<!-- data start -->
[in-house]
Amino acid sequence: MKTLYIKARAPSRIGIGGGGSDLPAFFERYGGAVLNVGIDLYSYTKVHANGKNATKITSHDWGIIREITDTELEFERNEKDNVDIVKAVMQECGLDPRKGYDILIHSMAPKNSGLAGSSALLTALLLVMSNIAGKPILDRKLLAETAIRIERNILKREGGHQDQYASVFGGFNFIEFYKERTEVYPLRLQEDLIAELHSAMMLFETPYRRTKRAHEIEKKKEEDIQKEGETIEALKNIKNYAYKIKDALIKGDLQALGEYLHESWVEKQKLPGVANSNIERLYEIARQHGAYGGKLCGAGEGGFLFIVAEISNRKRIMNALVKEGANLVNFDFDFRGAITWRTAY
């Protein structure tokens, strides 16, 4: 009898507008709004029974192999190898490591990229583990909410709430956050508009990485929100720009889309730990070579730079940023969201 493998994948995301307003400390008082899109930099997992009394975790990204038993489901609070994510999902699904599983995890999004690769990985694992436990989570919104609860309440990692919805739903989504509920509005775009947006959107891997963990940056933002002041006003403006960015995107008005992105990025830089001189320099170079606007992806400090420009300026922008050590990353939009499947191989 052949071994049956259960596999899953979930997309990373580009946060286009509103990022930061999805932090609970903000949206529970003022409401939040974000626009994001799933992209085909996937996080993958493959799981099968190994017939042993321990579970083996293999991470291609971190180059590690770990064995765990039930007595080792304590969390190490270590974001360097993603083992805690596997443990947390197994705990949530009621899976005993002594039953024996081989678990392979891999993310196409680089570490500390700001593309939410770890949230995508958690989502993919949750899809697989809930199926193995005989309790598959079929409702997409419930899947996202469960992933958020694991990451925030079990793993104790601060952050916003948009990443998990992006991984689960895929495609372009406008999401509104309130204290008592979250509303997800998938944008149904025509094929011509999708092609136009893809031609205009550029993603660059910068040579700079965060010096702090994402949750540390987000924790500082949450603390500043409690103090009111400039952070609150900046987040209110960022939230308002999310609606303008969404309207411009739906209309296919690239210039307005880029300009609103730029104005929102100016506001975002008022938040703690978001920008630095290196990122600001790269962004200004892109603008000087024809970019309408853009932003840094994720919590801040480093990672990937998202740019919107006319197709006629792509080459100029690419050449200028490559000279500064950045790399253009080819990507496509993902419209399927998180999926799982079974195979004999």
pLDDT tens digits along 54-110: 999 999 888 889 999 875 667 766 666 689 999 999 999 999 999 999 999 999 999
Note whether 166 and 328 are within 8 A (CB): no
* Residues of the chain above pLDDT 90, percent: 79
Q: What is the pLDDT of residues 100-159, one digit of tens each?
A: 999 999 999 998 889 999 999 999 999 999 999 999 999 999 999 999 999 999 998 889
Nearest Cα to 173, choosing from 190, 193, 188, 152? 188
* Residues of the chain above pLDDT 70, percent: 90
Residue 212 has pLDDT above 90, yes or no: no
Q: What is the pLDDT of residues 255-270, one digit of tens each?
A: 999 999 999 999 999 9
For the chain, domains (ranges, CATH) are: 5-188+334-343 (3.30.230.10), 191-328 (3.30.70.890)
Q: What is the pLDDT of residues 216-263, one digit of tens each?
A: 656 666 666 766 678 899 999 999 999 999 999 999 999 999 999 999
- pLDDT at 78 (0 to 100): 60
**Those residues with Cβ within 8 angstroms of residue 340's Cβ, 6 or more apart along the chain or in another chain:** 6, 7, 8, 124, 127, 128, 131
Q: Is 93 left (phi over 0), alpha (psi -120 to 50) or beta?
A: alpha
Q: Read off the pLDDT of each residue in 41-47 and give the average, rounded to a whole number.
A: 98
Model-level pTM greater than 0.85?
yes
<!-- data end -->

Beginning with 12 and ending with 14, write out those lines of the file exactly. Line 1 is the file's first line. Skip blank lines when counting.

Q: What is the pLDDT of residues 255-270, one digit of tens each?
A: 999 999 999 999 999 9
For the chain, domains (ranges, CATH) are: 5-188+334-343 (3.30.230.10), 191-328 (3.30.70.890)